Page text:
What is an IEP?

In the United States an Individualized Education Program, commonly known as an IEP, is mandated by the Individuals with Disabilities Education Act (IDEA). In Canada and the United Kingdom, the same document is termed an Individual Education Plan.

An IEP is designed to satisfy the unique educational needs of one child, who could have a disability, as outlined by federal regulations. The IEP is intended to help children reach educational goals more easily than they otherwise would. 34 CFR 300.320 In all cases the IEP must be tailored to the individual student’s needs as identified by the IEP evaluation process, and must especially help teachers and related service providers (such as paraprofessional educators) understand the student’s disability and how the disability affects the learning process.

The IEP should describe how the student learns, how the student best demonstrates that learning and what teachers and service providers will do to help the student learn more effectively. Key considerations in developing an IEP include assessing students in all areas related to the known disabilities, simultaneously considering ability to access the overall curriculum, considering how the disability affects the students learning, developing goals and objectives that correspond to the requirements of the student, and ultimately choosing a placement in the least restrictive setting attainable for the student.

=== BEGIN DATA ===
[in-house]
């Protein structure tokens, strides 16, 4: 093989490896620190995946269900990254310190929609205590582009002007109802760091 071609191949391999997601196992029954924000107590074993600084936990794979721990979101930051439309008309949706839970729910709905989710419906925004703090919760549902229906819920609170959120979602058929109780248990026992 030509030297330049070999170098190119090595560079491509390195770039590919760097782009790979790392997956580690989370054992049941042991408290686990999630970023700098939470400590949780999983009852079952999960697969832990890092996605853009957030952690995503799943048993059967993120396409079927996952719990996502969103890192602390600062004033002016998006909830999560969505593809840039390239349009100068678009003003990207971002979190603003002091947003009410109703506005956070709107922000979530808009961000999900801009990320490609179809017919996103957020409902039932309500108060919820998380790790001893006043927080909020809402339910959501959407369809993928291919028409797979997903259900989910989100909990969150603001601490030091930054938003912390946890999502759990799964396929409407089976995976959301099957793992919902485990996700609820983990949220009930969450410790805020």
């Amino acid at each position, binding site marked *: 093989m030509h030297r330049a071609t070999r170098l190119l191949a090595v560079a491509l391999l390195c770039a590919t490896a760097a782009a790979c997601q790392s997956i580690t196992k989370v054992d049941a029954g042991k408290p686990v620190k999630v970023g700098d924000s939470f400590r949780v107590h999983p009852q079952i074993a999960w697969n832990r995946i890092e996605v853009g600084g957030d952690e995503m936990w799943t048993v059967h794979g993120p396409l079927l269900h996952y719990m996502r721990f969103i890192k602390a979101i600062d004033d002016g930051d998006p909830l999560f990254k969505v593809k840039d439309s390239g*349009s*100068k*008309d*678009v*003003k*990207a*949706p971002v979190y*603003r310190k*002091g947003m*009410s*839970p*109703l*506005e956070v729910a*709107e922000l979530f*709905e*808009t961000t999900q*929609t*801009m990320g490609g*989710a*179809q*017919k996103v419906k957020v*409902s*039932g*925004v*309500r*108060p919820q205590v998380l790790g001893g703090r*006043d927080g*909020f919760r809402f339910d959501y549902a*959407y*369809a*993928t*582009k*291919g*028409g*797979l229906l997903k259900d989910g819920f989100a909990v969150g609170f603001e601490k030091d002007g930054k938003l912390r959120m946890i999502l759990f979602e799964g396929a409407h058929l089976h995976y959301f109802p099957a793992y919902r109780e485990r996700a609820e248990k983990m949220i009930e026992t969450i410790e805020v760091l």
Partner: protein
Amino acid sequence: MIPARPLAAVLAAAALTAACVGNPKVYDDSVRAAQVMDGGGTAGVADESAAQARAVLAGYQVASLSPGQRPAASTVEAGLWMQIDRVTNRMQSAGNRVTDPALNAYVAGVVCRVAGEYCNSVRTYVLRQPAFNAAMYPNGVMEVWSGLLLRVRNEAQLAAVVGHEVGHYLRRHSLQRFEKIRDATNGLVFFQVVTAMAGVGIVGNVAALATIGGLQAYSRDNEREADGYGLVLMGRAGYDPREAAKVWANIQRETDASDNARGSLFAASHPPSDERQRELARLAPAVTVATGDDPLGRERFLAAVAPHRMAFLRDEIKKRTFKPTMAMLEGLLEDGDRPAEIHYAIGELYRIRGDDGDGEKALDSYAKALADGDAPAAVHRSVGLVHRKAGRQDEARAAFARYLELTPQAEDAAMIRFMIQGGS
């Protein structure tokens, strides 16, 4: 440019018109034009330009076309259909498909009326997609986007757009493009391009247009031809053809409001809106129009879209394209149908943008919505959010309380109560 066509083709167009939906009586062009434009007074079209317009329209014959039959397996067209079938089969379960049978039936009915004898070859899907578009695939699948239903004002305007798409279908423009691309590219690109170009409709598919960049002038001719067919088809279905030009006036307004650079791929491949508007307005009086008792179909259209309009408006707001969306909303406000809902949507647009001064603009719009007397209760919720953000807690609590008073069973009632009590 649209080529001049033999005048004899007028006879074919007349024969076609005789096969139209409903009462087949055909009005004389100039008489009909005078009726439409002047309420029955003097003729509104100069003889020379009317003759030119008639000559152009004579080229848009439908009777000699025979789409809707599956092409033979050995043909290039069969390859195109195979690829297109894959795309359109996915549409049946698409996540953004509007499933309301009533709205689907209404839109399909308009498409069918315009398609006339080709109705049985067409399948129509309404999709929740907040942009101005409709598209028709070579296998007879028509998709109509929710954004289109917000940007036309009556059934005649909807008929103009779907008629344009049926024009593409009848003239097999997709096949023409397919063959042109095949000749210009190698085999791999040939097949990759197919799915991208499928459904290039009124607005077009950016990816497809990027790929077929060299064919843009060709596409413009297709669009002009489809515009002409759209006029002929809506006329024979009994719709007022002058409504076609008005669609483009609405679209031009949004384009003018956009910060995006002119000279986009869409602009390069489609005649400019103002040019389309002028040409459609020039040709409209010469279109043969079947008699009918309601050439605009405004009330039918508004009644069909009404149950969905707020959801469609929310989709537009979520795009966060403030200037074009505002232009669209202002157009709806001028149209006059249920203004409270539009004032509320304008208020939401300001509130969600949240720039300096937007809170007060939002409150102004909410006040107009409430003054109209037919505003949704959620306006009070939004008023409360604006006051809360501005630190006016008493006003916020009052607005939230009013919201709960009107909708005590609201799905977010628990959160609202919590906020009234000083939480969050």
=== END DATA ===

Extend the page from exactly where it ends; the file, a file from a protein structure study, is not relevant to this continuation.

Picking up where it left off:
As long as a student qualifies for special education, the IEP should be frequently maintained and updated over the student’s primary academic years (i.e. up to the point of high college graduation, or prior to the 22nd birthday). If a student in special education attends college upon graduation, the university’s own system and procedures take over. Placements usually occur in “general education”, mainstream classes, and specialized categories or sub-specialties taught by a specifically trained individual, such as a special education teacher, typically within a resource area or room.

An IEP is supposed to ensure that students receive an applicable placement, not “only” special education school classrooms or special schools. It is supposed to give the student a likelihood to participate in “normal” school culture and academics as much as possible for that individual student. In this way, the student is in a position to obtain specialized assistance when such assistance is absolutely necessary, and otherwise maintains the liberty to interact with and participate within the activities of his or her more general college peers.